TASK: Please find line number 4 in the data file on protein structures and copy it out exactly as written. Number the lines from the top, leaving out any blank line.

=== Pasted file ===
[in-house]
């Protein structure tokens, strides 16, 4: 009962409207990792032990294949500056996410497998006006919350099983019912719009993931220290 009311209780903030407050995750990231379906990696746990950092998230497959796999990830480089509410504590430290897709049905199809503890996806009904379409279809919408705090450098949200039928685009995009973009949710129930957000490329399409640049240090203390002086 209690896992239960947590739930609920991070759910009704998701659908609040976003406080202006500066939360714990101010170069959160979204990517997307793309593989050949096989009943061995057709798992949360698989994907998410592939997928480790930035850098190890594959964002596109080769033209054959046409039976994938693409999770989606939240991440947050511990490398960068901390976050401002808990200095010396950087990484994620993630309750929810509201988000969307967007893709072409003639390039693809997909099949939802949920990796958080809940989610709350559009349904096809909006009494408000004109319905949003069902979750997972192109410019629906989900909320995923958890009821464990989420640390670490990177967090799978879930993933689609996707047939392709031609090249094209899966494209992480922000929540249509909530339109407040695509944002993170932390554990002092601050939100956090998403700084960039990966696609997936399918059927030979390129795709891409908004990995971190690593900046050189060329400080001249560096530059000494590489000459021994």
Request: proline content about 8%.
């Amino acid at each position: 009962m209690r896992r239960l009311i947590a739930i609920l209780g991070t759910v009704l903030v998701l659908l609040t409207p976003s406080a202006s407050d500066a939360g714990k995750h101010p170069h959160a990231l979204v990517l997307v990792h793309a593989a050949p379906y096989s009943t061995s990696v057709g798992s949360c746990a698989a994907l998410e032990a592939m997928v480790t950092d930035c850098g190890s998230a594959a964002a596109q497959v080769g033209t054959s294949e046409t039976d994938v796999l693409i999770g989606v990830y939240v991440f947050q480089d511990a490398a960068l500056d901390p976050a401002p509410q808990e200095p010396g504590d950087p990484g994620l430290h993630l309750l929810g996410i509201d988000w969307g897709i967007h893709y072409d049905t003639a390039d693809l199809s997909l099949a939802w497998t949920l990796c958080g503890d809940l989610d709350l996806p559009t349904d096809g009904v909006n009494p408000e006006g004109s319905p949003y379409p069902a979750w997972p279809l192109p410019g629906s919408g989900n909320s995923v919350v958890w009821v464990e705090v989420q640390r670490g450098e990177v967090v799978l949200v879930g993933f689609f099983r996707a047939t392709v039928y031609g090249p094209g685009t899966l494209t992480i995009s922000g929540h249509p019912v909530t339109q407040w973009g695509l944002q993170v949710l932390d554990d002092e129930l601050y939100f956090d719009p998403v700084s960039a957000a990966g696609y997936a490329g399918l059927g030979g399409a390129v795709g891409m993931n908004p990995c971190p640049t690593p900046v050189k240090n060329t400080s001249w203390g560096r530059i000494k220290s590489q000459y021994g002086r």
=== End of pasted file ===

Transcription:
């Amino acid at each position: 009962m209690r896992r239960l009311i947590a739930i609920l209780g991070t759910v009704l903030v998701l659908l609040t409207p976003s406080a202006s407050d500066a939360g714990k995750h101010p170069h959160a990231l979204v990517l997307v990792h793309a593989a050949p379906y096989s009943t061995s990696v057709g798992s949360c746990a698989a994907l998410e032990a592939m997928v480790t950092d930035c850098g190890s998230a594959a964002a596109q497959v080769g033209t054959s294949e046409t039976d994938v796999l693409i999770g989606v990830y939240v991440f947050q480089d511990a490398a960068l500056d901390p976050a401002p509410q808990e200095p010396g504590d950087p990484g994620l430290h993630l309750l929810g996410i509201d988000w969307g897709i967007h893709y072409d049905t003639a390039d693809l199809s997909l099949a939802w497998t949920l990796c958080g503890d809940l989610d709350l996806p559009t349904d096809g009904v909006n009494p408000e006006g004109s319905p949003y379409p069902a979750w997972p279809l192109p410019g629906s919408g989900n909320s995923v919350v958890w009821v464990e705090v989420q640390r670490g450098e990177v967090v799978l949200v879930g993933f689609f099983r996707a047939t392709v039928y031609g090249p094209g685009t899966l494209t992480i995009s922000g929540h249509p019912v909530t339109q407040w973009g695509l944002q993170v949710l932390d554990d002092e129930l601050y939100f956090d719009p998403v700084s960039a957000a990966g696609y997936a490329g399918l059927g030979g399409a390129v795709g891409m993931n908004p990995c971190p640049t690593p900046v050189k240090n060329t400080s001249w203390g560096r530059i000494k220290s590489q000459y021994g002086r």